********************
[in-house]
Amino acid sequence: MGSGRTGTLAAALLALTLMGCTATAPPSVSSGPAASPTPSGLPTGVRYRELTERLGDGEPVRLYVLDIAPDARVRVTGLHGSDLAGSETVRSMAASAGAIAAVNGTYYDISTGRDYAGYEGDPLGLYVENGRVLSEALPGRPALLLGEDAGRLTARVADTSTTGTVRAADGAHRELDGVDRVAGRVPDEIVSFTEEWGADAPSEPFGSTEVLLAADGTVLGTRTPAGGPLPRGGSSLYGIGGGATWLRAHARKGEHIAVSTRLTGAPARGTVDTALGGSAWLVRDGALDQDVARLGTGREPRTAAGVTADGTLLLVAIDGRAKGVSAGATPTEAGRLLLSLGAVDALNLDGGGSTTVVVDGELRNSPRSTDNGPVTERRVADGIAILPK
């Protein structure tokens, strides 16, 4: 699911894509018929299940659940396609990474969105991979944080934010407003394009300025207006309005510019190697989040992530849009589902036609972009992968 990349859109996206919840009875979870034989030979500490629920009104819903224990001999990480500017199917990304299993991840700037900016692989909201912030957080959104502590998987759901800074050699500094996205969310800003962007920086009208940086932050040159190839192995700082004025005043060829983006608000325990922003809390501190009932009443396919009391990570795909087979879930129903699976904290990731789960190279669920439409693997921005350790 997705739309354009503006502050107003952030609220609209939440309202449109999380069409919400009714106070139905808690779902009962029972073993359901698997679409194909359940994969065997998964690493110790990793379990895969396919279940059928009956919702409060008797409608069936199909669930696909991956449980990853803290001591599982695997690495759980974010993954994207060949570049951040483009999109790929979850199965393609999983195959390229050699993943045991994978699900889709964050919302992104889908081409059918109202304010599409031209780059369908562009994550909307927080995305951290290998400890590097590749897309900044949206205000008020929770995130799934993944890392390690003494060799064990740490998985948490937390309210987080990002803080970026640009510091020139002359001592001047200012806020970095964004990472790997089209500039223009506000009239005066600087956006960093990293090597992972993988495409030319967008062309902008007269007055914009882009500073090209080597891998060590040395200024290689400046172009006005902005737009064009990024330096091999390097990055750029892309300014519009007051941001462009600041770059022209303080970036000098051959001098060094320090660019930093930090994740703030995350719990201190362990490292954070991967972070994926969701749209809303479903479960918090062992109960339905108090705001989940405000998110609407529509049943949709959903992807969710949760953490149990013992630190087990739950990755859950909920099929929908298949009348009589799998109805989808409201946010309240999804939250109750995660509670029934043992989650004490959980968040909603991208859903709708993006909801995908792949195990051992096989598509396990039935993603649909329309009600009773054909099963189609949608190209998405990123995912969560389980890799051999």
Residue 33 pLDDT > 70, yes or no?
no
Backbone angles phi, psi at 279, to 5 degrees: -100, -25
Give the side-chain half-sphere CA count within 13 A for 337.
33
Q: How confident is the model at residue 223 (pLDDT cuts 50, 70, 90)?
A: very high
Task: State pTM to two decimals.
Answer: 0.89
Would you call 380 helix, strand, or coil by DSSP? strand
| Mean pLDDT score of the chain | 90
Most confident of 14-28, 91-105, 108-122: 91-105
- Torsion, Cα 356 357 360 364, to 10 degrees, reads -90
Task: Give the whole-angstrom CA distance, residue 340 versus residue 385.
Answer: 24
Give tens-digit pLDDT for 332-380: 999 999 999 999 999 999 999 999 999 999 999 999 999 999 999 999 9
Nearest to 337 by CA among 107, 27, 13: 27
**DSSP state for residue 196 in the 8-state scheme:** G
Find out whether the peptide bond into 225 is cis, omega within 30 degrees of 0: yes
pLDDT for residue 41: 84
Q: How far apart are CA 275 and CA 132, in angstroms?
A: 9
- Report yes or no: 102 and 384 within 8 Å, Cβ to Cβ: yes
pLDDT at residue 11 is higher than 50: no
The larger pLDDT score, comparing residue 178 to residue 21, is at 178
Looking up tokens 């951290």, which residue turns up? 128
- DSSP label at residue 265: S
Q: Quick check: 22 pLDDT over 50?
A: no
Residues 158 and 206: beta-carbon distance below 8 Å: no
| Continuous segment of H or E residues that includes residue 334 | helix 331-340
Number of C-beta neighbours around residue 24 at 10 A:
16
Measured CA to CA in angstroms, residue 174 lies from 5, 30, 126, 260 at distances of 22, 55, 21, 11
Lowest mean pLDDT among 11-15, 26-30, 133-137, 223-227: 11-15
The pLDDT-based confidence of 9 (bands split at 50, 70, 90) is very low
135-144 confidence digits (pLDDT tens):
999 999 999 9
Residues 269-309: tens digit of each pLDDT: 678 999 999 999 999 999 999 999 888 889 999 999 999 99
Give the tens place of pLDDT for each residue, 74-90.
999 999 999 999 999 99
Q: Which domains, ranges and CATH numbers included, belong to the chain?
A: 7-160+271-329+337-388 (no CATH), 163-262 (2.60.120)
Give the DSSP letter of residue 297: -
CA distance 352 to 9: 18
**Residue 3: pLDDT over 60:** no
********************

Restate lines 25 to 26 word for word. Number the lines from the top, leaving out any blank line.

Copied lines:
A: 9
- Report yes or no: 102 and 384 within 8 Å, Cβ to Cβ: yes